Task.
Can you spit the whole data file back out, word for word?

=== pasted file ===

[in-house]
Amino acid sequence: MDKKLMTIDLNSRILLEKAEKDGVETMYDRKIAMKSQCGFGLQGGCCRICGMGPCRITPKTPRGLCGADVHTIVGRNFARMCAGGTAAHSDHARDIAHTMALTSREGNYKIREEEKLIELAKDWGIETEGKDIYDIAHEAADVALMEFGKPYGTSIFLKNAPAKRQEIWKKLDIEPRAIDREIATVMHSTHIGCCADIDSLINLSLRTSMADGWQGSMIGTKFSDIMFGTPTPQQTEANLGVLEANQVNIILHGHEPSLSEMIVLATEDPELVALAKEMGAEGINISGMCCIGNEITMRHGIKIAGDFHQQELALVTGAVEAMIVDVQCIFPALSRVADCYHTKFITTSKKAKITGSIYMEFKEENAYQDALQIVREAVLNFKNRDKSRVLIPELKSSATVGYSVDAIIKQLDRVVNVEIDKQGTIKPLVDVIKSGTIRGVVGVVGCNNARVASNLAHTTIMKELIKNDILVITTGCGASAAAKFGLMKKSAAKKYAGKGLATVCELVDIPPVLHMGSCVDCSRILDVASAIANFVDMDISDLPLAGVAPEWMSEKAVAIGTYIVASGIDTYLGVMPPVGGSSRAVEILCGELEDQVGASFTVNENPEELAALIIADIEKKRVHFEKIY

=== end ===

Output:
[in-house]
Amino acid sequence: MDKKLMTIDLNSRILLEKAEKDGVETMYDRKIAMKSQCGFGLQGGCCRICGMGPCRITPKTPRGLCGADVHTIVGRNFARMCAGGTAAHSDHARDIAHTMALTSREGNYKIREEEKLIELAKDWGIETEGKDIYDIAHEAADVALMEFGKPYGTSIFLKNAPAKRQEIWKKLDIEPRAIDREIATVMHSTHIGCCADIDSLINLSLRTSMADGWQGSMIGTKFSDIMFGTPTPQQTEANLGVLEANQVNIILHGHEPSLSEMIVLATEDPELVALAKEMGAEGINISGMCCIGNEITMRHGIKIAGDFHQQELALVTGAVEAMIVDVQCIFPALSRVADCYHTKFITTSKKAKITGSIYMEFKEENAYQDALQIVREAVLNFKNRDKSRVLIPELKSSATVGYSVDAIIKQLDRVVNVEIDKQGTIKPLVDVIKSGTIRGVVGVVGCNNARVASNLAHTTIMKELIKNDILVITTGCGASAAAKFGLMKKSAAKKYAGKGLATVCELVDIPPVLHMGSCVDCSRILDVASAIANFVDMDISDLPLAGVAPEWMSEKAVAIGTYIVASGIDTYLGVMPPVGGSSRAVEILCGELEDQVGASFTVNENPEELAALIIADIEKKRVHFEKIY